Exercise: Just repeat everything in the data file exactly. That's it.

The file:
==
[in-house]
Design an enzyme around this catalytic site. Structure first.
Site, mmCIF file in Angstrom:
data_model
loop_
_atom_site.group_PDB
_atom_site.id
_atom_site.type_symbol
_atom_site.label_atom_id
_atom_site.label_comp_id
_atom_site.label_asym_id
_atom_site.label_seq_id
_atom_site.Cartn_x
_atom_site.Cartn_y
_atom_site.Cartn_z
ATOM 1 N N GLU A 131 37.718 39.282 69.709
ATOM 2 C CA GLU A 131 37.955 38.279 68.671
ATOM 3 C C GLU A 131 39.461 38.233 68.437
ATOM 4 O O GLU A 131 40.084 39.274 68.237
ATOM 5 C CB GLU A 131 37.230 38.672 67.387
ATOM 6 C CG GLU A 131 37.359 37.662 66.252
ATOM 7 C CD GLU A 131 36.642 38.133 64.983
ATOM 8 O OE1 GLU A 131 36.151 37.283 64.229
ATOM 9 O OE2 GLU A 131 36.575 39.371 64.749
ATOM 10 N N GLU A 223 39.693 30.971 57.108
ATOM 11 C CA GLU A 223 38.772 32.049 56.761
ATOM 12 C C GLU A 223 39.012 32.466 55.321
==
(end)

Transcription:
[in-house]
Design an enzyme around this catalytic site. Structure first.
Site, mmCIF file in Angstrom:
data_model
loop_
_atom_site.group_PDB
_atom_site.id
_atom_site.type_symbol
_atom_site.label_atom_id
_atom_site.label_comp_id
_atom_site.label_asym_id
_atom_site.label_seq_id
_atom_site.Cartn_x
_atom_site.Cartn_y
_atom_site.Cartn_z
ATOM 1 N N GLU A 131 37.718 39.282 69.709
ATOM 2 C CA GLU A 131 37.955 38.279 68.671
ATOM 3 C C GLU A 131 39.461 38.233 68.437
ATOM 4 O O GLU A 131 40.084 39.274 68.237
ATOM 5 C CB GLU A 131 37.230 38.672 67.387
ATOM 6 C CG GLU A 131 37.359 37.662 66.252
ATOM 7 C CD GLU A 131 36.642 38.133 64.983
ATOM 8 O OE1 GLU A 131 36.151 37.283 64.229
ATOM 9 O OE2 GLU A 131 36.575 39.371 64.749
ATOM 10 N N GLU A 223 39.693 30.971 57.108
ATOM 11 C CA GLU A 223 38.772 32.049 56.761
ATOM 12 C C GLU A 223 39.012 32.466 55.321